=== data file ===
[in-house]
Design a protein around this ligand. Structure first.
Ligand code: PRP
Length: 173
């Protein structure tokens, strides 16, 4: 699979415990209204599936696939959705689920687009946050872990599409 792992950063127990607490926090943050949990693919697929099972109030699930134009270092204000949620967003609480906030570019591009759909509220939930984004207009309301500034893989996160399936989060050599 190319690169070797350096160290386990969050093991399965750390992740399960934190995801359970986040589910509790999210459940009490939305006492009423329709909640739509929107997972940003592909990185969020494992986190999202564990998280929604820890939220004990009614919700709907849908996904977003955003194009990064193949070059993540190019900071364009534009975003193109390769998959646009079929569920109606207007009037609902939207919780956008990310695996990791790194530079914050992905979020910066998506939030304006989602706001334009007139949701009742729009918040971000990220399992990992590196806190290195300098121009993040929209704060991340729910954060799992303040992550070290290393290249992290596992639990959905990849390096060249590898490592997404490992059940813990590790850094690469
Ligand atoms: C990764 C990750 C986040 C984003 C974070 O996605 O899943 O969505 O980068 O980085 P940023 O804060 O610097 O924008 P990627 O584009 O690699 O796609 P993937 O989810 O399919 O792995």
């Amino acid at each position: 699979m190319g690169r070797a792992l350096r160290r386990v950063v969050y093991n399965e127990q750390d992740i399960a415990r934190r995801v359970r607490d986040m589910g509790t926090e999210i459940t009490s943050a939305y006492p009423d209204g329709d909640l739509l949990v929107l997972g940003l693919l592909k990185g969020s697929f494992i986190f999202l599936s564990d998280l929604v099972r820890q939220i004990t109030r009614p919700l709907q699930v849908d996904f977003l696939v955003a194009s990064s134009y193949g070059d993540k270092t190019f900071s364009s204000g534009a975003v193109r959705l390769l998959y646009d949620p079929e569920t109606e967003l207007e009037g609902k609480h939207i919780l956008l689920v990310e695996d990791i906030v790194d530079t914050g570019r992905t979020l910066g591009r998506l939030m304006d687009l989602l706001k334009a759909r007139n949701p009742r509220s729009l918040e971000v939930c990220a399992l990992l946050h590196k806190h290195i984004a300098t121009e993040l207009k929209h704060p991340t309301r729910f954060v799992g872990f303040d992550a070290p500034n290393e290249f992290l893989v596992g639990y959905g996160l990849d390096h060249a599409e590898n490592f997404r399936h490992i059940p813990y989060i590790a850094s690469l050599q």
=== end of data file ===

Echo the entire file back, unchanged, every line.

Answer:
[in-house]
Design a protein around this ligand. Structure first.
Ligand code: PRP
Length: 173
């Protein structure tokens, strides 16, 4: 699979415990209204599936696939959705689920687009946050872990599409 792992950063127990607490926090943050949990693919697929099972109030699930134009270092204000949620967003609480906030570019591009759909509220939930984004207009309301500034893989996160399936989060050599 190319690169070797350096160290386990969050093991399965750390992740399960934190995801359970986040589910509790999210459940009490939305006492009423329709909640739509929107997972940003592909990185969020494992986190999202564990998280929604820890939220004990009614919700709907849908996904977003955003194009990064193949070059993540190019900071364009534009975003193109390769998959646009079929569920109606207007009037609902939207919780956008990310695996990791790194530079914050992905979020910066998506939030304006989602706001334009007139949701009742729009918040971000990220399992990992590196806190290195300098121009993040929209704060991340729910954060799992303040992550070290290393290249992290596992639990959905990849390096060249590898490592997404490992059940813990590790850094690469
Ligand atoms: C990764 C990750 C986040 C984003 C974070 O996605 O899943 O969505 O980068 O980085 P940023 O804060 O610097 O924008 P990627 O584009 O690699 O796609 P993937 O989810 O399919 O792995």
């Amino acid at each position: 699979m190319g690169r070797a792992l350096r160290r386990v950063v969050y093991n399965e127990q750390d992740i399960a415990r934190r995801v359970r607490d986040m589910g509790t926090e999210i459940t009490s943050a939305y006492p009423d209204g329709d909640l739509l949990v929107l997972g940003l693919l592909k990185g969020s697929f494992i986190f999202l599936s564990d998280l929604v099972r820890q939220i004990t109030r009614p919700l709907q699930v849908d996904f977003l696939v955003a194009s990064s134009y193949g070059d993540k270092t190019f900071s364009s204000g534009a975003v193109r959705l390769l998959y646009d949620p079929e569920t109606e967003l207007e009037g609902k609480h939207i919780l956008l689920v990310e695996d990791i906030v790194d530079t914050g570019r992905t979020l910066g591009r998506l939030m304006d687009l989602l706001k334009a759909r007139n949701p009742r509220s729009l918040e971000v939930c990220a399992l990992l946050h590196k806190h290195i984004a300098t121009e993040l207009k929209h704060p991340t309301r729910f954060v799992g872990f303040d992550a070290p500034n290393e290249f992290l893989v596992g639990y959905g996160l990849d390096h060249a599409e590898n490592f997404r399936h490992i059940p813990y989060i590790a850094s690469l050599q």